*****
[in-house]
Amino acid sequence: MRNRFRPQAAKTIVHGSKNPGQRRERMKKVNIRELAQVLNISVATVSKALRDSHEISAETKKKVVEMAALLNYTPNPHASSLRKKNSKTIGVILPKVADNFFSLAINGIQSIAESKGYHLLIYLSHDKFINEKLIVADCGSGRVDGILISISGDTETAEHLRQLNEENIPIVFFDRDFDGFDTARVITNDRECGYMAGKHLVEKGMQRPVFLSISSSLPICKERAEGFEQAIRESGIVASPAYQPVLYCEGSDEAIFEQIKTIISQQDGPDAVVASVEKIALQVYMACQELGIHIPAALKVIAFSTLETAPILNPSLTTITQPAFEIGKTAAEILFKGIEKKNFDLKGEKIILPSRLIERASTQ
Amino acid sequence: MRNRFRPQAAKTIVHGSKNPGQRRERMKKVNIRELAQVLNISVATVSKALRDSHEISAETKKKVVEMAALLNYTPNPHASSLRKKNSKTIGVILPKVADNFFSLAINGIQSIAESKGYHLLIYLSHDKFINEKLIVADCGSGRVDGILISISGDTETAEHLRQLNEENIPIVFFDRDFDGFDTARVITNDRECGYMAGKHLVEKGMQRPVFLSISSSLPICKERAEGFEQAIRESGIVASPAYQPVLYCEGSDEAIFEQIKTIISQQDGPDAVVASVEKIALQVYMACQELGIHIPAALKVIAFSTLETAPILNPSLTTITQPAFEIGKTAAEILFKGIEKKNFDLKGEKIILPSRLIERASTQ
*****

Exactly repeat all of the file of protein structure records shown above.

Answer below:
[in-house]
Amino acid sequence: MRNRFRPQAAKTIVHGSKNPGQRRERMKKVNIRELAQVLNISVATVSKALRDSHEISAETKKKVVEMAALLNYTPNPHASSLRKKNSKTIGVILPKVADNFFSLAINGIQSIAESKGYHLLIYLSHDKFINEKLIVADCGSGRVDGILISISGDTETAEHLRQLNEENIPIVFFDRDFDGFDTARVITNDRECGYMAGKHLVEKGMQRPVFLSISSSLPICKERAEGFEQAIRESGIVASPAYQPVLYCEGSDEAIFEQIKTIISQQDGPDAVVASVEKIALQVYMACQELGIHIPAALKVIAFSTLETAPILNPSLTTITQPAFEIGKTAAEILFKGIEKKNFDLKGEKIILPSRLIERASTQ
Amino acid sequence: MRNRFRPQAAKTIVHGSKNPGQRRERMKKVNIRELAQVLNISVATVSKALRDSHEISAETKKKVVEMAALLNYTPNPHASSLRKKNSKTIGVILPKVADNFFSLAINGIQSIAESKGYHLLIYLSHDKFINEKLIVADCGSGRVDGILISISGDTETAEHLRQLNEENIPIVFFDRDFDGFDTARVITNDRECGYMAGKHLVEKGMQRPVFLSISSSLPICKERAEGFEQAIRESGIVASPAYQPVLYCEGSDEAIFEQIKTIISQQDGPDAVVASVEKIALQVYMACQELGIHIPAALKVIAFSTLETAPILNPSLTTITQPAFEIGKTAAEILFKGIEKKNFDLKGEKIILPSRLIERASTQ